As a success strategist, my joy is advocating and partnering with people who seek to achieve meaningful goals. Together, we push strategy and action until it yields the desired outcome? As clients take their results in their own hands, they quickly embrace what I already know — they are truly their greatest asset! Some naturally move in that understanding, others embrace it as a new way of seeing themselves. Then there are those who must first wrestle with the reality that they’ve been functioning as the opposite — a personal liability to their own success. Which one are you? Here are seven quick questions that can help you identify if the real problem is you. If indeed you are, recognizing it is the first step in ensuring a different reality.
Question 1. Do you avoid or refuse accountability? Who can tell you the truth? Who can call you on the carpet and challenge your decisions, rationale, or commitment? Who can get to see your vulnerabilities and give you guidance and direction. If the answer is “no one,” you may be on a path of potential derailment of which you’re not even aware. Accountability is directly correlated with success, so if you’re willing to be accountable to no one, you’ve actually decided to only hear and be led by your own voice — the short sightedness of this can only serve to work against you over time because it positions you to be an obstacle to your own success.
Question 2. Do you put little value on finishing? Successful people are finishers. Yes, at times they may choose to let something go, turn a corner, or even shift directions, but their pattern of choice is that of finishing what they start and finishing well. No matter the justification, if your track record is one of not making it over the finish line, you may be an obstacle to your own success.
Question 3. Is it always someone else’s fault? If your go to line is “it’s not my fault” or blaming and pointing the finger is your go to response instead of “What do I need to take responsibility for,” you may be an obstacle to your own success. Taking ownership is a position of power, however, if everything is seen as happening to you, you’ve accepted the role of victim. On the contrary, if you consistently blame others, you may just be the one doing the victimizing. Either way, it’s an obstacle to your own success.
Question 4. Do you exhibit saboteur like tendencies? When you seem to be on a good path, do you let fear or insecurity convince you to mess things up before it gets messed up? Do you feel undeserving of good things and find ways to exhibit actions that assure good things? Don’t stay that way. If you find yourself predetermining negative outcomes then do what’s necessary to fulfill that expectation, you may be an obstacle to your own success.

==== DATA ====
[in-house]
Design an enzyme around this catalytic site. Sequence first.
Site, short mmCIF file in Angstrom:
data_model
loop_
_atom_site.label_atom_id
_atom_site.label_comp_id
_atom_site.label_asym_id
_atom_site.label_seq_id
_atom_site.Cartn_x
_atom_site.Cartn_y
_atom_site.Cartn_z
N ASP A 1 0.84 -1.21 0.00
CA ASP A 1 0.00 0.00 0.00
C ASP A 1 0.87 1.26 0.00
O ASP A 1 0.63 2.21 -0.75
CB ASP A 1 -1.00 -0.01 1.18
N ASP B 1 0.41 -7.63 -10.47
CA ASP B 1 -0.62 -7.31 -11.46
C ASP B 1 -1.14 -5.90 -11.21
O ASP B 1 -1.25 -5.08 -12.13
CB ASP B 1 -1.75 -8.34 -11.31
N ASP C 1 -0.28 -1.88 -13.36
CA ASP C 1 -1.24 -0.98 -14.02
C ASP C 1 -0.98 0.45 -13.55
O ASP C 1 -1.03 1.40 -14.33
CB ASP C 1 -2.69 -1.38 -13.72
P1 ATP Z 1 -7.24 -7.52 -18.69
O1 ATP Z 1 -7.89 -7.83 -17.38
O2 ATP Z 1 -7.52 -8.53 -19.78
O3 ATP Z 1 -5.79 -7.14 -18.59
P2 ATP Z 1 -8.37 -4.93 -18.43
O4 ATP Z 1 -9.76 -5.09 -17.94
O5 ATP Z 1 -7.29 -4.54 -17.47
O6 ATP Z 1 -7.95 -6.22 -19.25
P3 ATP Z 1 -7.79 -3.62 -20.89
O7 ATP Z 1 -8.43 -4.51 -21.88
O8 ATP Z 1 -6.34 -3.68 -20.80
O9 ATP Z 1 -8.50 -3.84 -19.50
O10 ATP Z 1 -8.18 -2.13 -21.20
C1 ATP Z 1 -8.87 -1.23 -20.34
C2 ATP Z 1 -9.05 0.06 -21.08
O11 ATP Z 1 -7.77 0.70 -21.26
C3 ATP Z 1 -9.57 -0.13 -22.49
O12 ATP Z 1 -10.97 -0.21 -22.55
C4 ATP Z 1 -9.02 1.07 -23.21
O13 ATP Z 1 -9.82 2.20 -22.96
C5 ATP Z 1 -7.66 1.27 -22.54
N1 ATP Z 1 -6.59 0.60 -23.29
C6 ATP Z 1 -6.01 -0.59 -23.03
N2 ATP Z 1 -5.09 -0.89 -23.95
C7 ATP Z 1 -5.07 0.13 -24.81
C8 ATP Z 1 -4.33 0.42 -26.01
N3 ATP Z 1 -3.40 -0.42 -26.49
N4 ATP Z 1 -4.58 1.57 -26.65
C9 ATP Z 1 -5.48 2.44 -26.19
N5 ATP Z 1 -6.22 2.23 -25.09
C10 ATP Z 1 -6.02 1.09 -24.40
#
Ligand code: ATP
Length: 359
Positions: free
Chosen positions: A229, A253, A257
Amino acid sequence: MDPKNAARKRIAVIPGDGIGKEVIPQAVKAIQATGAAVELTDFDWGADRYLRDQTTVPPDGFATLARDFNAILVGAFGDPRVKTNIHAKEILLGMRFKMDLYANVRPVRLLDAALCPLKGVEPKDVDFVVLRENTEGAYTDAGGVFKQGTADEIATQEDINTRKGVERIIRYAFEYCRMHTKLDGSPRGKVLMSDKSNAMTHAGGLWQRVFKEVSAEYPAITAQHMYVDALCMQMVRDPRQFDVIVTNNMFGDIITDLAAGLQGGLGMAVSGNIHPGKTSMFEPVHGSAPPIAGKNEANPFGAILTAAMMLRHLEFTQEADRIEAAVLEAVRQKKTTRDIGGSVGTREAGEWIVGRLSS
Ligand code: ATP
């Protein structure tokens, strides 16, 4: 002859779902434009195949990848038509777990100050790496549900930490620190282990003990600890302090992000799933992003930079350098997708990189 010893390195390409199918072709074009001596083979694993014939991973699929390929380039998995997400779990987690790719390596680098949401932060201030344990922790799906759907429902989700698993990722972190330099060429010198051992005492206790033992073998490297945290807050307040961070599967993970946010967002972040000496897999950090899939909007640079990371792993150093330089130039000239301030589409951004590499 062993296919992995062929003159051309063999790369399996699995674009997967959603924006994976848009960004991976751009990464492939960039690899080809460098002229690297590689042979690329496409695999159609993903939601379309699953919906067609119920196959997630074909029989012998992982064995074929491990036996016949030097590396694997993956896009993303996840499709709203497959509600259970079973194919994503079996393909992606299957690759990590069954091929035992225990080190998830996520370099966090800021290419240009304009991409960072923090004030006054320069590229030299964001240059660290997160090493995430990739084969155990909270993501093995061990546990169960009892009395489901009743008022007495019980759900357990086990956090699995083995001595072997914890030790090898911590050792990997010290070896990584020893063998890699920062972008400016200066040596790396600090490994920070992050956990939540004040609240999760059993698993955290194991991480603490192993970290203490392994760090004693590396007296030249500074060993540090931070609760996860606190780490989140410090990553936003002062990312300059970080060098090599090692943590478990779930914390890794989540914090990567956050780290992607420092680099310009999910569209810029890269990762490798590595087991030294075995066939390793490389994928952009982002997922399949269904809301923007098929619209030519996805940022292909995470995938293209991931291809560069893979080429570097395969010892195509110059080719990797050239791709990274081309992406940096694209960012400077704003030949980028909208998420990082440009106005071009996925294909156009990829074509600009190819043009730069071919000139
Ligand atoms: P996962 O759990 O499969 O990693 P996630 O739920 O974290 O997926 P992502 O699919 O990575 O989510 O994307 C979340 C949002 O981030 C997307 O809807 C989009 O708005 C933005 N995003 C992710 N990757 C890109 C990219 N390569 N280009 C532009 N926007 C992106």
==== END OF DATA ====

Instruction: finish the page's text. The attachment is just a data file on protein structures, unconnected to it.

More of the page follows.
Question 5. Are you good friends with passivity? Here’s the thing, there’s no such thing as true passivity because contrary to popular belief, doing nothing is still a decision to do something. When you decide to be passive, what you’ve really done is decided to give up your opportunity to actively affect the outcome with your input. Therefore, even a forfeit is an active decision. For example, a decision to not raise your children doesn’t stop them from growing, it just means you’ve forfeited or relinquished the power of your influence. If passivity or the illusion of not making a decision is your usual mode of operation, you may be an obstacle to your own success.
Question 6. Do you desire respect without responsibility? Part of the reason successful people are also respected is based on their span of responsibility. Responsibility to their communities, customers, employees, families, etc., is often what makes them worthy of respect. Now here’s a question, how many successful people do you know with little to no responsibility? Exactly. So, if commitment and responsibility are things you seek to get away from at all costs, you may be an obstacle to your own success.
Question 7. Do you think success comes before work? Recently, I heard master musician Quincy Jones say the “only time you’ll ever see success come before work is in the dictionary.” Ten points to Mr. Jones for that piece of wisdom. Being successful and maintaining success in your spiritual, professional, and personal life all takes work. For the most part, what you put in is a good predictor of what you’ll get out. If you’re unwilling to accept words and phrases like cultivate, resilience, mastery, stretch, grow, learn, pay dues, get back up again, press toward the mark, and failure is not an option as part of your success journey, you may be…(the biggest obstacle).